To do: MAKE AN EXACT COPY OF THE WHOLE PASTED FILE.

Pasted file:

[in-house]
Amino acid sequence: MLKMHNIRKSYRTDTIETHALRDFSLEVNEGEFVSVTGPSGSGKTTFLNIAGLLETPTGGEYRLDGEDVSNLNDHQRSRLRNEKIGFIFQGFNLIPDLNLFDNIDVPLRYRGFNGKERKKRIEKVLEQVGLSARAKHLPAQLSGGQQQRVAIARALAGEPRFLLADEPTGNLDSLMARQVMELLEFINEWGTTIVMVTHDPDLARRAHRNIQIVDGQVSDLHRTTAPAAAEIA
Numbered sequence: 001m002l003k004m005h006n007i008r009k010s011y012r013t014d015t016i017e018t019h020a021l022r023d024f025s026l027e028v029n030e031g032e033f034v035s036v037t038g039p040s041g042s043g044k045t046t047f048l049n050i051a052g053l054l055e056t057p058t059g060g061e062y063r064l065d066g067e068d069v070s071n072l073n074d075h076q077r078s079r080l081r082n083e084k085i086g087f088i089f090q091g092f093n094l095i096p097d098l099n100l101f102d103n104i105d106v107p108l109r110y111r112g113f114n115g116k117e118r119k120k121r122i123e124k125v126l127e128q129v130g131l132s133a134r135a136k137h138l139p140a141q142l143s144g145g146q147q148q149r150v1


[in-house]
Amino acid sequence: MLKMHNIRKSYRTDTIETHALRDFSLEVNEGEFVSVTGPSGSGKTTFLNIAGLLETPTGGEYRLDGEDVSNLNDHQRSRLRNEKIGFIFQGFNLIPDLNLFDNIDVPLRYRGFNGKERKKRIEKVLEQVGLSARAKHLPAQLSGGQQQRVAIARALAGEPRFLLADEPTGNLDSLMARQVMELLEFINEWGTTIVMVTHDPDLARRAHRNIQIVDGQVSDLHRTTAPAAAEIA
Numbered sequence: 001m002l003k004m005h006n007i008r009k010s011y012r013t014d015t016i017e018t019h020a021l022r023d024f025s026l027e028v029n030e031g032e033f034v035s036v037t038g039p040s041g042s043g044k045t046t047f048l049n050i051a052g053l054l055e056t057p058t059g060g061e062y063r064l065d066g067e068d069v070s071n072l073n074d075h076q077r078s079r080l081r082n083e084k085i086g087f088i089f090q091g092f093n094l095i096p097d098l099n100l101f102d103n104i105d106v107p108l109r110y111r112g113f114n115g116k117e118r119k120k121r122i123e124k125v126l127e128q129v130g131l132s133a134r135a136k137h138l139p140a141q142l143s144g145g146q147q148q149r150v1